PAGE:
Since the school is still understaffed there was no fixed timetable so the element of surprise is strong. The 6th grade groups I would be working with that day had just been given their two new English books, and had piled them on top of the rest of the books for all the other subjects they will be taught this year; seventeen books in total. Their small heads were almost hidden behind this pile. I decided I was not going to ask them to open their books on this first day. This was going to be a forty-five minute session and after initial greetings and wishes we had about thirty-five minutes at our disposal.

I drew a sun on the board and wrote the word summer in it. I heard a few sighs in the classroom. I added the word memories in the sun shape. More sighs were heard. I wrote underneath, outside the shape: I remember…

I asked them to close their eyes, think of their summer, and choose only one of their memories to share with the rest of the class. They would start with I remember and try to keep their answers short, up to five or six words.

I rememberThis was a brainstorming activity and it was not long before initial awkwardness receded and summer memories filled the classroom board. Students were speaking, listening to their classmates’ ideas, I was recording their responses on the board and they were taking notes. Here is an example of the brainstorming diagram we ended up with one of the groups.

img20160918_15191482-page-001-%ce%b1%ce%bd%cf%84%ce%b9%ce%b3%cf%81%ce%b1%cf%86%ce%aeWhen we completed this step, I asked students to choose one of the memories shared because it was most important to them. I wrote on the board the first choice. It was “the sea view”. I asked: How was this sea view? They came up with “beautiful, gorgeous, colourful”. I added this as a second line underneath. Then, another student chose “riding my bike”. I wrote it on the board as the third line. I asked: Why did you like riding your bike? The answer was “Because I saw the sea”. I wrote “I saw the sea” as a fourth line. How was the sea? was my last question. Calm, was the answer. I added as a last verse: The calm sea.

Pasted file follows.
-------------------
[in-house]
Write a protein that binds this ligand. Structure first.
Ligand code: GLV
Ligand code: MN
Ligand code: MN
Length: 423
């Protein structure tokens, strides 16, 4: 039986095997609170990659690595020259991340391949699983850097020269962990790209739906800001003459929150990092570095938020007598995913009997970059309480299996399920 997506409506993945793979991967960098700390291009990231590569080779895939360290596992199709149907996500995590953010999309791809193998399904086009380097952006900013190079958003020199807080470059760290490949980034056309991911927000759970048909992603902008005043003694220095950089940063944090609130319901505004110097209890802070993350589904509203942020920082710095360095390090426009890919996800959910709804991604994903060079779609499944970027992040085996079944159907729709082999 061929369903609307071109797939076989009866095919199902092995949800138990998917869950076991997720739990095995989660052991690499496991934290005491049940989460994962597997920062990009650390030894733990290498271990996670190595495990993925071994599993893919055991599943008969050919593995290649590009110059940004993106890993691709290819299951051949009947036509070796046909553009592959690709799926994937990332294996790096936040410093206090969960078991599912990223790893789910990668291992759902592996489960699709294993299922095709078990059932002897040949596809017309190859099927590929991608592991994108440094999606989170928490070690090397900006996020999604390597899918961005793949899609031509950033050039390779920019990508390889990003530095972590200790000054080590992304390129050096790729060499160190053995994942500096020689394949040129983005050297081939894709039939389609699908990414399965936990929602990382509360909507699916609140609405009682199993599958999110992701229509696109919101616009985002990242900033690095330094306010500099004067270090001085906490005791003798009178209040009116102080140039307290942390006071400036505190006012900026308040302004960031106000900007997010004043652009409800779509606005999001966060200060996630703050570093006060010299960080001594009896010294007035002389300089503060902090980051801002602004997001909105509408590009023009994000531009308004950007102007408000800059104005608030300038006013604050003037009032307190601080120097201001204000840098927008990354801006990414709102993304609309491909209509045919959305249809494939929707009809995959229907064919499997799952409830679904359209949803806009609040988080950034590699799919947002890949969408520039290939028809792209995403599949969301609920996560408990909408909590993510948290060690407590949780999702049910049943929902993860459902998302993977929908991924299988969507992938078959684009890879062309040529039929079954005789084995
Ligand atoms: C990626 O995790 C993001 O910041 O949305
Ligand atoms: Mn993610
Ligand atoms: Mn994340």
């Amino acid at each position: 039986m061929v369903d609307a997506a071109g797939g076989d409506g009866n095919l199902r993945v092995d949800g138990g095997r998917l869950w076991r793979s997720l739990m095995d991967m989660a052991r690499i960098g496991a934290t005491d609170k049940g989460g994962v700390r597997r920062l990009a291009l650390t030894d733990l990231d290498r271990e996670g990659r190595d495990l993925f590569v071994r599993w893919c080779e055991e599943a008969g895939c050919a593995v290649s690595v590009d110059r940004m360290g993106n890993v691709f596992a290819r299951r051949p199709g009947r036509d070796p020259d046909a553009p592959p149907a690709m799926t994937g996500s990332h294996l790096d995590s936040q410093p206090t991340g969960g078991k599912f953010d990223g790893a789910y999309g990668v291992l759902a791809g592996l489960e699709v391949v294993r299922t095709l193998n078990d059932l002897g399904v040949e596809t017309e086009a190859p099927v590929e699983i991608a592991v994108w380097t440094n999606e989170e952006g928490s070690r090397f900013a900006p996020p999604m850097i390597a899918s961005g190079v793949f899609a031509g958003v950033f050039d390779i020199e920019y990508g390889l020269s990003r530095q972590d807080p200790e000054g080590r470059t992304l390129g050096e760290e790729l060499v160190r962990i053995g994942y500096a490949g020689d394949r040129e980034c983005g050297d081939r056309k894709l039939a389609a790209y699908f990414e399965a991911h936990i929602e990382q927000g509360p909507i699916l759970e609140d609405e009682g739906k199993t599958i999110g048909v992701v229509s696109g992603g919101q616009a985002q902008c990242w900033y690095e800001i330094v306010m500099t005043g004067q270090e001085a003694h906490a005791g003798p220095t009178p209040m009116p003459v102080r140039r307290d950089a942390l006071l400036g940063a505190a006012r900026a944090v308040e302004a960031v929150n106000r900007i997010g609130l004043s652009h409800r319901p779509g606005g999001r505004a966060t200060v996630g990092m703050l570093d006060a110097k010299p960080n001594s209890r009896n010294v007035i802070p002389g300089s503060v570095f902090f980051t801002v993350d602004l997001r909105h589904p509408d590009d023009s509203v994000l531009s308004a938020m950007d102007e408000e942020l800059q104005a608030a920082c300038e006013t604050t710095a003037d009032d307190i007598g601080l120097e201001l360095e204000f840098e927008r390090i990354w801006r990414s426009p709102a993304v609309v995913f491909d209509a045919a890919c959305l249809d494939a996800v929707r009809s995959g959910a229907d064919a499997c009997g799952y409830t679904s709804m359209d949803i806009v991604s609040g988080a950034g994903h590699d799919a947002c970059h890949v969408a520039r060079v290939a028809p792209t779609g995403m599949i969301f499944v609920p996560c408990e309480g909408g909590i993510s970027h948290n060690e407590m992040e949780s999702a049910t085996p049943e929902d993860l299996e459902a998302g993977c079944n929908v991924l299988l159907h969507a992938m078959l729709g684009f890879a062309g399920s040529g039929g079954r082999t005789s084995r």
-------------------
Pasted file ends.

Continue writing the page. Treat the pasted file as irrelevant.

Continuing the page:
We went on adding verses to our poem in the same way. Students would choose a memory and then I would ask them to add something relevant to it. The questions usually aimed either at encouraging them to come up with some descriptive language or explore and explain their feelings.  The what, where, how, and why of their memories. Each stanza of the poem had four or five verses. The rough pattern was: memory-expanding on it-memory-expanding on it.

Here is another example of how this activity worked with another group of eleven-year-old 5th graders I taught that day (A1+ level of English).